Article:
6. 6)
      • 21. STM32 32-bit ARM Cortex MCUs: Available at, accessed August 2018.
    7. 7)
      • 13. Hagan, M.T., Menhaj, M.: ‘Training feed-forward networks with Marquardt algorithm’, IEEE Trans. Neural Netw., 1994, 5, (6), pp. 989993.
    8. 8)
      • 10. Battiato, S., Rundo, F., Stanco, F.: ‘ALZ: adaptive learning for zooming digital image’. IEEE Proc. of Int. Conf. Consumer and Electronics, Las Vegas, NV, USA, 2007, pp. 12.
    9. 9)
      • 7. Gonzalez, R.C., Woods, R.E.: ‘Digital image processing’ (Prentice-Hall, New York, NY, USA, 2018, 4th edn.).
    10. 10)
      • 9. Arena, P., Baglio, S., Fortuna, L., et al: ‘Dynamics of state controlled CNNs’. IEEE Proc. of Int. Symp. Circuits and Systems, ISCAS'96, Atlanta, GA, USA, 1996.
    11. 11)
      • 8. Chua, L.O., Yang, L.: ‘Cellular neural networks: theory’, IEEE Trans. Circuits Syst., 1988, 35, (10), pp. 12571272.
    12. 12)
      • 17. Battiato, S., Gallo, G., Stanco, F.: ‘A new edge-adaptive zooming algorithm for digital images’. Proc. Signal Processing and Communications SPC, 2000, pp. 144149.
    13. 13)
      • 1. Mendonça, T., Ferreira, P.M., Marques, J.S., et al: ‘PH2 – a dermoscopic image database for research and benchmarking’. 35th Int. Conf. the IEEE Engineering in Medicine and Biology Society, 3–7 July 2013, Osaka, Japan.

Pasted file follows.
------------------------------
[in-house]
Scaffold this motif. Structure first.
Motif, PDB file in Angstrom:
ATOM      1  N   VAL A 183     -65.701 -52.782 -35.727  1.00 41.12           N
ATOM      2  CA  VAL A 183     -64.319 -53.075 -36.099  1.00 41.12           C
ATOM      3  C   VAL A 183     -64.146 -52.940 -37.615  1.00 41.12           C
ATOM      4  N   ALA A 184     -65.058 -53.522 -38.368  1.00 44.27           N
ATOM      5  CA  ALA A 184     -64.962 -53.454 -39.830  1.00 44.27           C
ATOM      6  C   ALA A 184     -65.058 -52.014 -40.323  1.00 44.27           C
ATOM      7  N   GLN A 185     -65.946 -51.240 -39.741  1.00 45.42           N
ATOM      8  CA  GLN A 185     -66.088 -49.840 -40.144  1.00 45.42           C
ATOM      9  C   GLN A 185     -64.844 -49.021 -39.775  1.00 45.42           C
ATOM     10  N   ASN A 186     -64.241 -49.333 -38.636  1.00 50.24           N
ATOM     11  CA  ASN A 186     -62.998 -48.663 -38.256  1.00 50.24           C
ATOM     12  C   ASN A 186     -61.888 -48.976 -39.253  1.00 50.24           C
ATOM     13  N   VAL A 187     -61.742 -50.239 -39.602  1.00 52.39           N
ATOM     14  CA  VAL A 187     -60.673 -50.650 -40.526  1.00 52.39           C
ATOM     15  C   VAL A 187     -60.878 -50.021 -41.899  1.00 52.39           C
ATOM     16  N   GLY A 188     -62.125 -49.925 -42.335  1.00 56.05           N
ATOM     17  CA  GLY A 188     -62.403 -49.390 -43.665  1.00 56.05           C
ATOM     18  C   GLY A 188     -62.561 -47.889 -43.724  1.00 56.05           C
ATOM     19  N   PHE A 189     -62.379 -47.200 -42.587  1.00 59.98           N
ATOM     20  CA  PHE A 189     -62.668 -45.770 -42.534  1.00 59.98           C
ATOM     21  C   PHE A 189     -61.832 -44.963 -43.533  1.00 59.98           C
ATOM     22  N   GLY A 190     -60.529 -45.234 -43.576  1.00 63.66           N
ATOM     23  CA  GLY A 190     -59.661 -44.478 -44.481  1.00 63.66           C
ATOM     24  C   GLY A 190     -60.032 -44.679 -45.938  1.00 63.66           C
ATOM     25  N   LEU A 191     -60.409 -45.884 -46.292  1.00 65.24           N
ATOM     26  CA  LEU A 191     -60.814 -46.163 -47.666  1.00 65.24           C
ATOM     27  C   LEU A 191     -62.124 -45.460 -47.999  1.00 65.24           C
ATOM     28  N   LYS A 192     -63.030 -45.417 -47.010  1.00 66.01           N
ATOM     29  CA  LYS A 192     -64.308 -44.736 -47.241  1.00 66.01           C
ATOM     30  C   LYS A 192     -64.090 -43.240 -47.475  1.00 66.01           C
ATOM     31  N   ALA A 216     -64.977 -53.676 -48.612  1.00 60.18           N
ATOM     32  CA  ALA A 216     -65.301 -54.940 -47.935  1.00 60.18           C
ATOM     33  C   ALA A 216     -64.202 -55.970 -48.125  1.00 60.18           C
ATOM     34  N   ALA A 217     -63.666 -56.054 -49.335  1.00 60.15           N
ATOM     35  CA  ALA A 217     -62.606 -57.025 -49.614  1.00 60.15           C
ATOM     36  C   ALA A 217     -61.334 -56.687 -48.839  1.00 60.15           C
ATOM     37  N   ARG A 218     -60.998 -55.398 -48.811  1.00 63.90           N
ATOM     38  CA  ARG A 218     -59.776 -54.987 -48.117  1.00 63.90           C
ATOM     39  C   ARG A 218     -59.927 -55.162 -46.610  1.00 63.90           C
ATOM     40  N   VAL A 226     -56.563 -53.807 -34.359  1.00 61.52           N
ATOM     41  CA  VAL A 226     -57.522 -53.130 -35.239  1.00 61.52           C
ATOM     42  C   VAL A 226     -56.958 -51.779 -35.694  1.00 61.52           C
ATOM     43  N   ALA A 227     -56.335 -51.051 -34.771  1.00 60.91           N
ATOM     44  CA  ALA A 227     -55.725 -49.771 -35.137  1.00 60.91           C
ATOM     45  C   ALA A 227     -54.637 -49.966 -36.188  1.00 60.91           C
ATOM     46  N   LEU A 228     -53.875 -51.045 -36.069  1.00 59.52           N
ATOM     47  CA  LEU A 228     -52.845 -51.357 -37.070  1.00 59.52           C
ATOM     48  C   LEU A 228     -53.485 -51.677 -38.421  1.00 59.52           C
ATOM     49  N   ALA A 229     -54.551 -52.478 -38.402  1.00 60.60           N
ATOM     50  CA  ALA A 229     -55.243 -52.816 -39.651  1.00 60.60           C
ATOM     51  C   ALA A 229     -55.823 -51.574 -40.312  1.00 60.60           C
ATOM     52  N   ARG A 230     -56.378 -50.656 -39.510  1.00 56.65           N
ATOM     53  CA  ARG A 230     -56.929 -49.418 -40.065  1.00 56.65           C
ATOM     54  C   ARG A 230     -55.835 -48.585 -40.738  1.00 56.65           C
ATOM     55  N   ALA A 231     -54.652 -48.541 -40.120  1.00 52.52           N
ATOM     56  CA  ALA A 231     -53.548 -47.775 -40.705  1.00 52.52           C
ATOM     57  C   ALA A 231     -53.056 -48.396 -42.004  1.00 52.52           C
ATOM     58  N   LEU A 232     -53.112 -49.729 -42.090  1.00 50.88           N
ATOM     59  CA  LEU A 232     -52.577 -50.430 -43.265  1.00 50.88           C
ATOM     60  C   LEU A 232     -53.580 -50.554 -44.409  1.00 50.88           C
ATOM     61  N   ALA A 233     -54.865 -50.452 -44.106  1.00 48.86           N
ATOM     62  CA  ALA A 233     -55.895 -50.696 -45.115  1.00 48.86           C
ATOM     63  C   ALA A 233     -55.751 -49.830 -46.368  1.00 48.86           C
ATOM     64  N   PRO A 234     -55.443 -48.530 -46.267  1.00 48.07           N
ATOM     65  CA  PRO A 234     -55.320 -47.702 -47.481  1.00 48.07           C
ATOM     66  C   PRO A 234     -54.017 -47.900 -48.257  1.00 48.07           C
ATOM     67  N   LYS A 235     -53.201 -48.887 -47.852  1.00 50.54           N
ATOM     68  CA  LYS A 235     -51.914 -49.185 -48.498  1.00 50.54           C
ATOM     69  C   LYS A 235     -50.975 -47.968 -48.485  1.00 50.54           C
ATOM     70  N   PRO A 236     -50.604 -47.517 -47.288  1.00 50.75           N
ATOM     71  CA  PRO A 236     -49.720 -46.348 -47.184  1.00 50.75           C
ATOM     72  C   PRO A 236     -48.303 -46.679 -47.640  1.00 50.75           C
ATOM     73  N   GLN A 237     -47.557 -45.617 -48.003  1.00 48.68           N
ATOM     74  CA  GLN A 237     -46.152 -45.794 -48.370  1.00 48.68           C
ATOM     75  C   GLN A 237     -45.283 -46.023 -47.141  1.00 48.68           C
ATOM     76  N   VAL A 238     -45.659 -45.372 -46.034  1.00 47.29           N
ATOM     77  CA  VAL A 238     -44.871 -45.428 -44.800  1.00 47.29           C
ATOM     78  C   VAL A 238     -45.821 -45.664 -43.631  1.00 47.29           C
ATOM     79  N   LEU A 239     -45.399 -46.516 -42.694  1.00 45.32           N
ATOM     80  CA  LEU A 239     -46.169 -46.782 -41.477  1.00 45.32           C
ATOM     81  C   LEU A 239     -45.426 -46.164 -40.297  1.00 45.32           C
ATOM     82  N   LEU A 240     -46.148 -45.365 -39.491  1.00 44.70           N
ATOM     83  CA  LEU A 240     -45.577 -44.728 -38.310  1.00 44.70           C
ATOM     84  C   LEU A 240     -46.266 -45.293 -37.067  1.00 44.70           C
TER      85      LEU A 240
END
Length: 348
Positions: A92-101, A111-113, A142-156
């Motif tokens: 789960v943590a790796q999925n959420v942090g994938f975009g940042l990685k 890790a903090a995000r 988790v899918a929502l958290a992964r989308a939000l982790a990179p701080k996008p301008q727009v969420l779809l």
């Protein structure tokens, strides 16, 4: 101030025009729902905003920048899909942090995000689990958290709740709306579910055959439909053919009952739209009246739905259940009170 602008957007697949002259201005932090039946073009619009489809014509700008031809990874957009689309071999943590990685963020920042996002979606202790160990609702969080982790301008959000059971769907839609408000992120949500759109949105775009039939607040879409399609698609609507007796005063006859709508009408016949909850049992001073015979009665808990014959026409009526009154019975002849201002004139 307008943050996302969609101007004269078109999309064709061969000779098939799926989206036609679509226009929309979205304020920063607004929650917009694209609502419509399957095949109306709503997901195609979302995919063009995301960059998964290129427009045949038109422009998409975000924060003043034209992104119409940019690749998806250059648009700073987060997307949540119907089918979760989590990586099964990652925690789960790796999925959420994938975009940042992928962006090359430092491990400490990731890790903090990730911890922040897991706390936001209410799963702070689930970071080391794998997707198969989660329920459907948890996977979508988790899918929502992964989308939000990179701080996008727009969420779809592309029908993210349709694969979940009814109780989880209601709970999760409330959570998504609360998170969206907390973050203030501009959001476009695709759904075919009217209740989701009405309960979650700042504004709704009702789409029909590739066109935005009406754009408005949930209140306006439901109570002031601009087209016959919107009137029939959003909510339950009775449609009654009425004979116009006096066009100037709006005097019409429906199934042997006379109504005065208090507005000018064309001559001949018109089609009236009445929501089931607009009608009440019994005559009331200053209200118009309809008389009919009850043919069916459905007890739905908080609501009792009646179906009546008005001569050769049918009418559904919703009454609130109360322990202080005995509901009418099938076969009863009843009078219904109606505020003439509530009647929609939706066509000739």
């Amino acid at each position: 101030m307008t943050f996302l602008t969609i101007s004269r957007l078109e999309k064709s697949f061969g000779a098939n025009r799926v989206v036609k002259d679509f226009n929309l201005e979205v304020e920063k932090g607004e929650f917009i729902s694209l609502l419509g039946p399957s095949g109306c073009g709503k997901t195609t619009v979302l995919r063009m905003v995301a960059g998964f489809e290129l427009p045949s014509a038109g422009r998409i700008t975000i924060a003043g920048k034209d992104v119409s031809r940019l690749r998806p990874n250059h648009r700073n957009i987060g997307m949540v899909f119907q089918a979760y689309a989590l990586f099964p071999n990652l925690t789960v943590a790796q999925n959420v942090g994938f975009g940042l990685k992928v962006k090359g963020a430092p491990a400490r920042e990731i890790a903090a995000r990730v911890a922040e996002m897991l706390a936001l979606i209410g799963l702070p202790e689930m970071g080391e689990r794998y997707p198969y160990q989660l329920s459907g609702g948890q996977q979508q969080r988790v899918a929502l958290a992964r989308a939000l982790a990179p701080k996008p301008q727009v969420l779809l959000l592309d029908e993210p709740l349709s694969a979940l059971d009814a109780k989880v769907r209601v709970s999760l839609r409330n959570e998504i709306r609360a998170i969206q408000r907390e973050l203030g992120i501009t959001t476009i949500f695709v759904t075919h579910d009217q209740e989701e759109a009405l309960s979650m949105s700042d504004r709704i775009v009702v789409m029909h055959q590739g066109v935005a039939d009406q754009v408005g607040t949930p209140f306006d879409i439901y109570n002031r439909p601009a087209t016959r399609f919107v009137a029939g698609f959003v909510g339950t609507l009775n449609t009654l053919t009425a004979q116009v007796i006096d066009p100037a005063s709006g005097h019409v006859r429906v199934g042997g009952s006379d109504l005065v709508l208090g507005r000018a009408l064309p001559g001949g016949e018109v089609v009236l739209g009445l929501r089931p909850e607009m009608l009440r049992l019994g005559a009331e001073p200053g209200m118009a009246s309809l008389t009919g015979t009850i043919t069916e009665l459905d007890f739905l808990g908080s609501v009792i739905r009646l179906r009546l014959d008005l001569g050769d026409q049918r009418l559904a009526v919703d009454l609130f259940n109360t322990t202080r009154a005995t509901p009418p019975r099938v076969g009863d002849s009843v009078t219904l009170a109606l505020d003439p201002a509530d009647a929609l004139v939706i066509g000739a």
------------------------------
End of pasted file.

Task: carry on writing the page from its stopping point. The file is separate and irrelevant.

14. 14)
      • 5. Jamil, U., Khalid, S., Usman Akram, M.: ‘Dermoscopic feature analysis for melanoma recognition and prevention’. Sixth Int. Conf. Innovative Computing Technology (INTECH), 2016.
    15. 15)
      • 12. Rundo, F., Banna, G.L.: ‘A Method of analyzing skin lesions, corresponding system, instrument and computer program product’. EU Registered Patent App. N. 102016000121060, 29 November, 2016.
    16. 16)
      • 4. Majtner, T., Yildirim-Yayilgan, S., Hardeberg, J.Y.: ‘Combining deep learning and hand-crafted features for skin lesion classification’. Sixth Int. Conf. Image Processing Theory, Tools and Applications (IPTA), 2016.
    17. 17)
      • 3. Conoci, S., Rundo, F, Petralia, S., et al: ‘Advanced skin lesion discrimination pipeline for early melanoma cancer diagnosis towards PoC devices’. IEEE Proc. the Circuit Theory and Design European Conf. (ECCTD), 4–6 September 2017, Catania.
    18. 18)
      • 18. Bengio, Y.: ‘Learning deep architectures for AI’, Found. Trends Mach. Learn., 2009, 2, (1), pp. 1127.
    19. 19)
      • 16. Xie, F., Fan, H, Li, Y., et al: ‘Melanoma classification on dermoscopy images using a neural network ensemble model’, IEEE Trans. Med. Imaging, 2017, 36, (3), pp. 849858.
    20. 20)
      • 2. Binu Sathiya, S., Kumar, S.S., Prabin, A.: ‘A survey on recent computer-aided diagnosis of melanoma’. 2014 Int. Conf. Control, Instrumentation, Communication and Computational Technologies (ICCICCT).
    21. 21)
      • 11. Lee, H., Ekanadham, C., Ng, A.Y.: ‘Sparse deep belief net model for visual area V2’, Adv. Neural. Inf. Process. Syst., 2007, 7, pp. 873880.

Related content

This is a required field
Please enter a valid email address